Ed. note: This is the first post in the "Dumb" Questions series of posts that TreeHugger is writing to provide answers to some basic questions about the environment and all things green. We realize that many of these questions/answers will seem, well basic, to most of you, but please bear with us: we just want to make sure that everybody is on the right page! After all, what's the fun in having you read our posts if you get stuck on a basic premise?
To answer this question, it helps to first have a rudimentary knowledge of the planet's hydrologic, or water, cycle. The water cycle, in essence, describes the processes by which large quantities of water move continuously through the Earth's oceans, land and atmosphere over short and long time scales. It is primarily dominated by the oceans — which account for 96% of the planet's water and where 86% of global evaporation takes place — though it has no defined starting or ending point.
Being a closed system, the water cycle depends on an equal number of inputs and outputs to function — which can include, but are not limited to, snowmelt (melted water flowing from glaciers and ice caps) and precipitation on one hand and evapotranspiration (water transpired from plants and evaporated from the soil) and surface/subsurface storage of water in lakes or aquifers on the other. In general, more water is often stored in reservoirs — like the oceans — than moves through the water cycle. This is especially true during warmer climactic periods when, as a result, average global sea levels tend to rise. Colder climactic periods, on the other hand, are characterized by the formation of more ice caps and glaciers — which come to accumulate a significant portion of the Earth's water supply.
If this is then the case, how can we account for the fact that we keep on hearing that we're running out of water? For one thing, the tremendous and unprecedented rise in our global population — especially in lesser developed countries — has put significant pressure on our finite supplies of freshwater. Whether it be through our contamination of some of the water supply, our relentless urbanization or our aggressive extraction of its reservoirs for agricultural irrigation, anthropogenic influences have sparked major variabilities in the Earth's water cycle whose implications we do not yet fully understand.
As was exemplified this summer by the unusual weather patterns that afflicted various regions of the world — prompting catastrophic floods in parts of Britain and severe droughts in Africa and the southwestern parts of the United States — climate change will come to play an increasingly important role in shaping the future of the planet and its water cycle. According to the IPCC's latest climate model projections, the water cycle will intensify throughout the next century as annual precipitation continues to rise in the already wet near-equatorial and high latitude regions while continuing to fall in dry sub-tropical regions — trends that can neatly be summarized by the following expression: "the wet will get wetter and the dry drier."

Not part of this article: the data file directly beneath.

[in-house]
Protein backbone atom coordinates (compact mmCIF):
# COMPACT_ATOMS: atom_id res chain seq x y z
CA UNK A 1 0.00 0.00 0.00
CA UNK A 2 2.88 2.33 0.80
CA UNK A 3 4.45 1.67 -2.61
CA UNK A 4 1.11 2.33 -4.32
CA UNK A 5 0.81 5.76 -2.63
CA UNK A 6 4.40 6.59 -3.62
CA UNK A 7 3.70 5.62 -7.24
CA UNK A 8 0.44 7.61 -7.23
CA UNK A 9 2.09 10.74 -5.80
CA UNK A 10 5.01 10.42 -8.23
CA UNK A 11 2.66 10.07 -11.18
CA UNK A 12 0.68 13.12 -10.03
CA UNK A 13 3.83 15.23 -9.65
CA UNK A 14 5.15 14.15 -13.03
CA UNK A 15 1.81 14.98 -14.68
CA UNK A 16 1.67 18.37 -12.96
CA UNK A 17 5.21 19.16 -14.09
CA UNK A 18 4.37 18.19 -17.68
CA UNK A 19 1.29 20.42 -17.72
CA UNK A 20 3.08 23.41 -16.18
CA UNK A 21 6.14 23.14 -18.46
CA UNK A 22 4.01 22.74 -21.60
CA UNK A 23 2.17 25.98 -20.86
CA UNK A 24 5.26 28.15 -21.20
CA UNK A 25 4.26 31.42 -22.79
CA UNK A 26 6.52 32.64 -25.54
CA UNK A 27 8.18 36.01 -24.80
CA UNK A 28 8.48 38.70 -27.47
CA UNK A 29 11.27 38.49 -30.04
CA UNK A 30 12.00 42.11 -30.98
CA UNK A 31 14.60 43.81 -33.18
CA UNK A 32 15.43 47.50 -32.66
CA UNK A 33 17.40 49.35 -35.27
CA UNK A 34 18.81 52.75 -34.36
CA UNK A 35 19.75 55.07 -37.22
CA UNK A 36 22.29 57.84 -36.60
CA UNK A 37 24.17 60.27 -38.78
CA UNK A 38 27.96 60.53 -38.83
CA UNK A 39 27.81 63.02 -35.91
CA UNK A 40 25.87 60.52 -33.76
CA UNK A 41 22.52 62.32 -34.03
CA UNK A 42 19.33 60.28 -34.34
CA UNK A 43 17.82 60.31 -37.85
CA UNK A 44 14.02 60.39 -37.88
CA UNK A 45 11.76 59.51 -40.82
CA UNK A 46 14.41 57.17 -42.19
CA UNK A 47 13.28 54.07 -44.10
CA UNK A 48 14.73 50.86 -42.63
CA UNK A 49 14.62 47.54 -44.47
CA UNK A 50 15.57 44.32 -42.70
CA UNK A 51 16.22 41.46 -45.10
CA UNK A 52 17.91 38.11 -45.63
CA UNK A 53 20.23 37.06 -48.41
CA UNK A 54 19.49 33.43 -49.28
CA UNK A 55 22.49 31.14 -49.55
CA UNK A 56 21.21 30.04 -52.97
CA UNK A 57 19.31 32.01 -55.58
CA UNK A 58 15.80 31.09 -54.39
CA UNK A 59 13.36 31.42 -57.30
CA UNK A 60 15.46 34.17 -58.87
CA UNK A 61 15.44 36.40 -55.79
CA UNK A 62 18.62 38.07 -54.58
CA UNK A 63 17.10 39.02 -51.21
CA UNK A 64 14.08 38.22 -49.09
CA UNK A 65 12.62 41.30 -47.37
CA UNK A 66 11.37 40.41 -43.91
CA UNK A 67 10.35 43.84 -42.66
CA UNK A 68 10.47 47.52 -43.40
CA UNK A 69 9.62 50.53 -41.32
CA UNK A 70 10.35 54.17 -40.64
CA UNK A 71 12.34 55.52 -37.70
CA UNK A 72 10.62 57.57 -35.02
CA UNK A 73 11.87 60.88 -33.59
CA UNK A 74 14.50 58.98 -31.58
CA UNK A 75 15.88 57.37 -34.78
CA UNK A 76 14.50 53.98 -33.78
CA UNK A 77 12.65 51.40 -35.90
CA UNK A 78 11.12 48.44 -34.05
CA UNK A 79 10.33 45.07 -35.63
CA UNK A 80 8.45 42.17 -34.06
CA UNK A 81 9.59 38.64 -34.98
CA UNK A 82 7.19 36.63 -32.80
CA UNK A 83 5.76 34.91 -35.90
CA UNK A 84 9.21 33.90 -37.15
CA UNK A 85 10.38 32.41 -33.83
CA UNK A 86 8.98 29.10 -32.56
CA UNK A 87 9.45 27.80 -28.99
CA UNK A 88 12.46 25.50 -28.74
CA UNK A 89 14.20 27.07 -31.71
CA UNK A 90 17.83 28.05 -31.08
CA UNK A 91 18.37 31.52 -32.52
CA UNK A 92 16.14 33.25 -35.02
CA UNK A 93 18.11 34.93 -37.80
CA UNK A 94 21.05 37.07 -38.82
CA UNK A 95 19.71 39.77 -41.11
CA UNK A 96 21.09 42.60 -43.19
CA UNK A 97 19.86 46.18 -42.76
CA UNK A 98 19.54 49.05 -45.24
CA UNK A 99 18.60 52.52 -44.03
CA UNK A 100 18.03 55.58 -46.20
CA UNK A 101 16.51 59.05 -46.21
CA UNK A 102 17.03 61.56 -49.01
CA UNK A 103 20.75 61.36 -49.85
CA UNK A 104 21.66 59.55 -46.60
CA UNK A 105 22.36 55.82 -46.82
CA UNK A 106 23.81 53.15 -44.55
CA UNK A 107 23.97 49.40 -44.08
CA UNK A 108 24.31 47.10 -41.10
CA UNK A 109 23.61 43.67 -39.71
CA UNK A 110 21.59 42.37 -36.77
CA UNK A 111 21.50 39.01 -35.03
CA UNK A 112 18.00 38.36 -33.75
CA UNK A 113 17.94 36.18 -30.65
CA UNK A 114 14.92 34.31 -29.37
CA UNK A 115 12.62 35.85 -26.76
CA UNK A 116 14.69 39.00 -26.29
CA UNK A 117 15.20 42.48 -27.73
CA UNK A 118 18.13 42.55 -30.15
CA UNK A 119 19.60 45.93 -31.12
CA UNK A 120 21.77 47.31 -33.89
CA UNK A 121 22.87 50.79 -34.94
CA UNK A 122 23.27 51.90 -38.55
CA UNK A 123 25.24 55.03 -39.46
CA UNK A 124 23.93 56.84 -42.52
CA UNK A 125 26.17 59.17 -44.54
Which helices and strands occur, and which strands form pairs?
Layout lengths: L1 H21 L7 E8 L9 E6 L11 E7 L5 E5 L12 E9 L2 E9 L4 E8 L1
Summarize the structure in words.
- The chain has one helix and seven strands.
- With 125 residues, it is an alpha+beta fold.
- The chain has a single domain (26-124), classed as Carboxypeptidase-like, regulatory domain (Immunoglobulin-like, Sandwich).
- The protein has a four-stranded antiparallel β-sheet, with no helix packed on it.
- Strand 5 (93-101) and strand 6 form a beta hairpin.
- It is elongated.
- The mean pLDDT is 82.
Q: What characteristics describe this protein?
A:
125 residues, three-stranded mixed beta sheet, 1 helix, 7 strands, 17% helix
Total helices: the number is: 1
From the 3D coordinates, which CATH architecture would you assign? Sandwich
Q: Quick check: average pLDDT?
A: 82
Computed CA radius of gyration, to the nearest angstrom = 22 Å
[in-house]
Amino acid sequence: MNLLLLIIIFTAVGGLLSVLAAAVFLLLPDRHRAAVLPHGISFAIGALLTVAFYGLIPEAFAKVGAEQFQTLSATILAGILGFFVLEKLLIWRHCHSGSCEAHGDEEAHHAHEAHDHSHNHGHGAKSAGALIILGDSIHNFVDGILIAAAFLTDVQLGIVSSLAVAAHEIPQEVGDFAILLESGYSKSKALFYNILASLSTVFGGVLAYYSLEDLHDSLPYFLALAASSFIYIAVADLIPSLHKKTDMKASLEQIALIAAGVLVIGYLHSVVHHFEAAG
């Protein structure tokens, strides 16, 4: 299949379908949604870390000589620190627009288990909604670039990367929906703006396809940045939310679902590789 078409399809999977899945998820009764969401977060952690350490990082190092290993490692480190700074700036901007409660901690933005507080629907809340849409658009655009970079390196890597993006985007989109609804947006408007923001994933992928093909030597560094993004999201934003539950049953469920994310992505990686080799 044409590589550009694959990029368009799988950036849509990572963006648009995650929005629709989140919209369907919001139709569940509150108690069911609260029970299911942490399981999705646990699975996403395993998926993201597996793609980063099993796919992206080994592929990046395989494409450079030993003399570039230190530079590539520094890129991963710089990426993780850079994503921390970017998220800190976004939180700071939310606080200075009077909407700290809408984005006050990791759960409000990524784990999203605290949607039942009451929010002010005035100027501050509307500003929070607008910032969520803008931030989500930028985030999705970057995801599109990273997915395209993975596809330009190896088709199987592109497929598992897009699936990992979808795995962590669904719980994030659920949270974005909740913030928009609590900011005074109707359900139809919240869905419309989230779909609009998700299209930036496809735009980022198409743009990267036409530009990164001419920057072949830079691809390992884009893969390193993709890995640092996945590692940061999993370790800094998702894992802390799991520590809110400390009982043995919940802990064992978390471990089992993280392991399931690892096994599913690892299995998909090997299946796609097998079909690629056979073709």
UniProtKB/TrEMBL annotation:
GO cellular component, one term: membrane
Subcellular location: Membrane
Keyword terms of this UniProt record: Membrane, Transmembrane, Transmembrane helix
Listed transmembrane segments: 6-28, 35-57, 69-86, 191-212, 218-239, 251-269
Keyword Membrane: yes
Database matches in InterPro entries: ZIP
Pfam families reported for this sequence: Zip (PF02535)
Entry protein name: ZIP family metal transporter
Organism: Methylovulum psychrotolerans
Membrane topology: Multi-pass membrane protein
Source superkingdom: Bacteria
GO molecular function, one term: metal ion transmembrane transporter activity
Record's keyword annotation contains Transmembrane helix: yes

More broadly, the increases in global temperatures we are witnessing — which have already helped trigger the rapid and large-scale melting of ice sheets in Greenland — will continue eliminating valuable freshwater buffers (like glaciers) and contribute to ever rising sea water levels. These rises, in turn, may result in some saltwater bodies encountering once isolated freshwater bodies, contaminating them and making them inaccessible to us for our needs. This will only spur unsustainable practices such as the continued drilling and extraction of water from underground wells.
The likelihood of more unpredictable positive feedback loops arising as a result of our actions and the changing climate could worsen an already dire situation.
Based on projections made by the International Water Management Institute, freshwater shortages are likely to become more prevalent among poorer, rapidly developing countries in Africa and Asia by 2025 — a consequence of overpopulation and poor water infrastructure. Developed countries in Europe and North America will not see a serious threat to their water supply because of their wealth and technology, and because many of their populations are expected to decline over the coming years — thus better aligning them with their needs. These are only projections, of course, so we may end up facing a much harsher reality in 2025 — or, hopefully, a more pleasant one if we do a better job of addressing the underlying problems.
Well, that about does it for this episode of TreeHugger's "Dumb" Questions series. Hopefully this post was of some use to those of you still perplexed about the planet's water cycle and the state of our current and future supply of freshwater. We could've gone on (there's a lot more where that came from) but thought this was enough for a primer.
We're sure that some of you will have more questions about some of the topics we tackled (and, more likely, didn't tackle), so feel free to fire away in the comments or, better yet, in this forum thread!